Music Reviews



Dave Phillips: Homo Animalis

 Posted by Vito Camarretta (@)   Ambient / Electronica / Ethereal / Dub / Soundscapes / Abstract
Experimental / Avantgarde / Weird & Wired / Glitch / Noise / Field Recording
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Oct 07 2014
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Artist: Dave Phillips (@)
Title: Homo Animalis
Format: 2 x CD (double CD)
Label: Schmpfluch Associates
Rated: *****
The first humanimal that peeked out from the listening of the very first moments of this release by Zurich-based artist Dave Phillips, former founding member of brutal grindcore project Fear Of God who gained a certain recognition by lovers of noisy stuff with some meaningful connections by means of a series of underground and strictly limited releases that many people like to label as "extreme", is Jack Arnold's amphibious Creature from Black Lagoon and while keeping on listening, I wondered how Dave managed to render what a person could possibly feel while being eaten by some hungry zombies. The devilish voice which repeats the title of "The Less I Know" introduces the sarcasm behind "Homo Animalis" and the explicated "humanimalism theory" as well as the aesthaetics of this wise sound artist, which seems to explore human degradation or revival of ferocious instincts (it depends from personal viewpoint) in the guise of a probe for visceral detection: according to the interesting explanation which got attached to the release, the first one of Rudolf Eb.er.'s resurrected Schimpfluch, "humanimal theory...is rather a process of de-antropo-centralisation, a connectivity of senses, instincts, emotions, ideas and thoughts that are as personal and subjective as much as they are understood as a part of a larger whole" where "sound is humanimals preferred form of communication" and a way "to activate primordial shared emotions otherwise stifled by civilised experience and restricted by social consensus" that "taps into the essence of existence itself". Other disquieting images as well as an involving thrill can arise to listener's consciousness while keeping on listening: for instance, the sound of slammed doors and the whole sonic atmosphere of "Humanimal B" could let you imagine you've been closed into the same labyrinth where the mythological Athenian hero Theseus met and supposedly killed the Minotaur - with a difference: you are with no Ariadne's ball of wool and no dagger at all! -; the dreadful synth-crescendo of "Rape Culture" could sound like the most excruciating physical torment by Jigsaw Killer; the story told by the sounds of "Novaturient" could look like a POV snuff movie directed by a serial killer whose criminal alter-ego got awoken by the sound of a subway station and the one that got evoked by "Kelelawar B" sounds like the nightmares by a repentant vampire, where "So...What?" could let you think about a possible collages of Japanese or Chinese domestic abuses and the cinematic "Truth Is Invented By Liars" as a possible contemporary revival of the myth of Premetheus (simply genial the insertion of some dialogues taken from "Bad Boy Bubby", one of the first which used binaural microphones to record dialogues). In spite of its amazing amalgam of post-industrial hooks and horror-movie-like sonorities - not so different from some stuff that recently came from Cold Spring I spoke about on this 'zine), the aim of the game is not psyching listeners out as humanimals sound more noble by birth and in spirit as you can guess: "humanimal would like to encourage the global north to "change the dream of the modern world", from one of accumulation and consumption to one that honours and sustains life. humanimal knows there is enough food for every being on this planet if distributed properly. It encourages into paths and processes of one's alimentary choices and habits and a sensible and prudent appliance of these insights"... Humanimals maybe is aware that "nature doesn't need us".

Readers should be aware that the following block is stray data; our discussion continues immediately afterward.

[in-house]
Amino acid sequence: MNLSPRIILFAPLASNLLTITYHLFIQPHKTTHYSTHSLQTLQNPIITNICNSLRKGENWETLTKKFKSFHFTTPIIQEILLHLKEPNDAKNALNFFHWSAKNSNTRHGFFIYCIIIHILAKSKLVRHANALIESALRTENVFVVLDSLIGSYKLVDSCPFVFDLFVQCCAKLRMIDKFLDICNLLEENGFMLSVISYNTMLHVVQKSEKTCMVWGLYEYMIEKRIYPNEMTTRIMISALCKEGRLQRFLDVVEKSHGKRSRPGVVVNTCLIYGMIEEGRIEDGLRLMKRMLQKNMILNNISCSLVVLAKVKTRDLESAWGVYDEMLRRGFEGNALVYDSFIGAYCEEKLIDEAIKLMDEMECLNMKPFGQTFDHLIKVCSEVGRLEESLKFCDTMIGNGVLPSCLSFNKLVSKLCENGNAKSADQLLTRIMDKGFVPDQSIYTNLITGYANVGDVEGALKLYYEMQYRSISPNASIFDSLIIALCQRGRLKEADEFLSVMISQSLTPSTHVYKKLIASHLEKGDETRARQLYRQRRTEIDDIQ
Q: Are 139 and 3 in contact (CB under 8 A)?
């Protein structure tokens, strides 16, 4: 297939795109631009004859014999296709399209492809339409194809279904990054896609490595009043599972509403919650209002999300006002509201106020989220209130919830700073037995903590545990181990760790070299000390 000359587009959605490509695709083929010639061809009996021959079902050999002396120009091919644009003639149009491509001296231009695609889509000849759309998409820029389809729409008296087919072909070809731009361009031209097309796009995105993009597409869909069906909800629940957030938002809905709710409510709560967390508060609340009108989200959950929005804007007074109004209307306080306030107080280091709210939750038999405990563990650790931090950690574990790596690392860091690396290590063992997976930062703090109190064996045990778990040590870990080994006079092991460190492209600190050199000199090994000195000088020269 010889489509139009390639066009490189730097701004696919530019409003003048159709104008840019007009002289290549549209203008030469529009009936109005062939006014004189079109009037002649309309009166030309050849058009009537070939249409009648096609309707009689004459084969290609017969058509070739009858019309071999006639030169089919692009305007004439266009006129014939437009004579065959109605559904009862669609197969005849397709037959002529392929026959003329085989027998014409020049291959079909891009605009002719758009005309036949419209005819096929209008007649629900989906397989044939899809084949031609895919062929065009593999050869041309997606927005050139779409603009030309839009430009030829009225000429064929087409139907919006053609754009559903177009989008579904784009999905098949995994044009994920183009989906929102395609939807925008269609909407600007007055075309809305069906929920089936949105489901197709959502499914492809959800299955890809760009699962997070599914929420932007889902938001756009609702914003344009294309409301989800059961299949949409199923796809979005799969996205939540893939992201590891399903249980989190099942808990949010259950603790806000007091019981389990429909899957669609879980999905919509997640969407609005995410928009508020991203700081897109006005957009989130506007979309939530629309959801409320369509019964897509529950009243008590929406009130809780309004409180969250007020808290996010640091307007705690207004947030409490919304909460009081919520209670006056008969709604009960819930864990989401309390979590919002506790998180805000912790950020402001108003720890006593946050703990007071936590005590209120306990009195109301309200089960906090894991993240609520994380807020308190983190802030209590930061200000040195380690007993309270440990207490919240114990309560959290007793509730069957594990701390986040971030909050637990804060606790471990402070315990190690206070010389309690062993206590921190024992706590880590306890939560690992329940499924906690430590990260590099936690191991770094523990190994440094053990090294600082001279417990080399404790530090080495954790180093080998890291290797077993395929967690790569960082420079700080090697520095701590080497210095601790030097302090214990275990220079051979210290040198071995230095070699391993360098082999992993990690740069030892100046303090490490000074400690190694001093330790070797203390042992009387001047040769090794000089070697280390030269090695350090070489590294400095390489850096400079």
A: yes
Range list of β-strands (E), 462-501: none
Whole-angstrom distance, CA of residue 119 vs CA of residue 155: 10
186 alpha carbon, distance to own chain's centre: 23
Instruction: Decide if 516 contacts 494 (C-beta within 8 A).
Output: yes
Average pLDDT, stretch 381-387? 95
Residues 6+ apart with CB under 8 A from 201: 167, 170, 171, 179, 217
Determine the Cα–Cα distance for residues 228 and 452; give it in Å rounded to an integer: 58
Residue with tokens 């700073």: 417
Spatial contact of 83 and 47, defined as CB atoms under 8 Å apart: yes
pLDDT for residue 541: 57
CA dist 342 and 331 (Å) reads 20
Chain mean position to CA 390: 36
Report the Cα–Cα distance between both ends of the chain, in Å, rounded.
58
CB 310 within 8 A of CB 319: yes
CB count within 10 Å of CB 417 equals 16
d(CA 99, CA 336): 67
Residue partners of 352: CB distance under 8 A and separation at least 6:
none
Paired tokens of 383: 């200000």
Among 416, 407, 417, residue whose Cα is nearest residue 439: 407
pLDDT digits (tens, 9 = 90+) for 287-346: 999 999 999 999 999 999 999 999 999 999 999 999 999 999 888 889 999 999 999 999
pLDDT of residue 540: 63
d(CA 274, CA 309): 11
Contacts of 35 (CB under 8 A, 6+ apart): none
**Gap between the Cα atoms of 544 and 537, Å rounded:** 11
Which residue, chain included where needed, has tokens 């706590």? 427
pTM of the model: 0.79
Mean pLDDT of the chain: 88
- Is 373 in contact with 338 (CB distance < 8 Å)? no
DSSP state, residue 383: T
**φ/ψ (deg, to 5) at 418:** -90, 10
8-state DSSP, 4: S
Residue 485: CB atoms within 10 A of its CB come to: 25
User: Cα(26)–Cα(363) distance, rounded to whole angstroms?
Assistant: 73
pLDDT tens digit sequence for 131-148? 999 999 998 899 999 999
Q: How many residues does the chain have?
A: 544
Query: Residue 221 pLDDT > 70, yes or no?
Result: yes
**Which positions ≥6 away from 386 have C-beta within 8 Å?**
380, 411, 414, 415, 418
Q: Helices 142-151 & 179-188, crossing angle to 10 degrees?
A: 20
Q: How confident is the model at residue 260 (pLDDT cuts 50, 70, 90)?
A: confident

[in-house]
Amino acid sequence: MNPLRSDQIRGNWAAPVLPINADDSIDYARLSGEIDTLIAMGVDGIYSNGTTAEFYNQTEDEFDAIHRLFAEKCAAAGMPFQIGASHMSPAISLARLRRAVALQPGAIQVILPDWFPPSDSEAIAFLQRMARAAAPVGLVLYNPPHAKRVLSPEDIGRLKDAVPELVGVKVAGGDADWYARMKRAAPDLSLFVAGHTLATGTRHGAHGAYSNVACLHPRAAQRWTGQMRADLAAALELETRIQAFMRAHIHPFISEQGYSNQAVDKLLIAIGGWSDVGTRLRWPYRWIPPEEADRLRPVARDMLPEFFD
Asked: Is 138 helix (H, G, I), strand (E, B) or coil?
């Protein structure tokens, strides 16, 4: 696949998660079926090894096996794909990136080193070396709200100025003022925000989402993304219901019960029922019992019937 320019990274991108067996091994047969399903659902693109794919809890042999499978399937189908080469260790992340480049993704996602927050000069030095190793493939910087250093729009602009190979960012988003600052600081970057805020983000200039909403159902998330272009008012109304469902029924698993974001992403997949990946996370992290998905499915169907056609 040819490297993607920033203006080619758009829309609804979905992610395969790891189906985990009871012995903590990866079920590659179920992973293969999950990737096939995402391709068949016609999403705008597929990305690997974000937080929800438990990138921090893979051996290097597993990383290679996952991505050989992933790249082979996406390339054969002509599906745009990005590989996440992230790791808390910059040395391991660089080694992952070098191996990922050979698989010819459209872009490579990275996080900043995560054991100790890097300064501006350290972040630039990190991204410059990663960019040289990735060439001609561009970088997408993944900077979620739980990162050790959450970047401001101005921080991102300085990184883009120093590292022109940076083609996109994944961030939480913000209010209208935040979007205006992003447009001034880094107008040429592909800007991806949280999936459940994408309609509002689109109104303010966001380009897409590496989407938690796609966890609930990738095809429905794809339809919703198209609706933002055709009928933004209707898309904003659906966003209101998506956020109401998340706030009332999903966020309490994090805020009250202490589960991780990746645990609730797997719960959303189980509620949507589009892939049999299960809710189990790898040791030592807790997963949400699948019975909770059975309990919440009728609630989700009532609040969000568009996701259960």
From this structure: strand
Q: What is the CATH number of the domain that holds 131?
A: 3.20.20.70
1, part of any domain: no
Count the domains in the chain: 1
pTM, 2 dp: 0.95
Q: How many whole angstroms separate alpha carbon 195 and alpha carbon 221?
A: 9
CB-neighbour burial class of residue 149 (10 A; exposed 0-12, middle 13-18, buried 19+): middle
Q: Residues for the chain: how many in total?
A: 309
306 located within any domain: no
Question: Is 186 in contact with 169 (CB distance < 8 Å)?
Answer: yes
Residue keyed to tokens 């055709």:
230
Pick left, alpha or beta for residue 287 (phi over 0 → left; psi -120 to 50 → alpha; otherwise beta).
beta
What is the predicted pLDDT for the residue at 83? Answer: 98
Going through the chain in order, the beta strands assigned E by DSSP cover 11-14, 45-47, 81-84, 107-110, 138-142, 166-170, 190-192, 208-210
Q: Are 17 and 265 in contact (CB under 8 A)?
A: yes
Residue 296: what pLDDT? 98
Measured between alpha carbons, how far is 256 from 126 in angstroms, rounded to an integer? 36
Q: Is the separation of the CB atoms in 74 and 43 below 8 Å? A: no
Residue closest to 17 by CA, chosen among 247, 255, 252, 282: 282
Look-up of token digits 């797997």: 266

Aidan Baker & A-Sun Amissa : Untitled

 Posted by Mike Oxman   Experimental / Avantgarde / Weird & Wired / Glitch / Noise / Field Recording
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Oct 06 2014
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Artist: Aidan Baker & A-Sun Amissa
Title: Untitled
Format: Tape
Label: Midira Records (@)
Distributor: Midira Records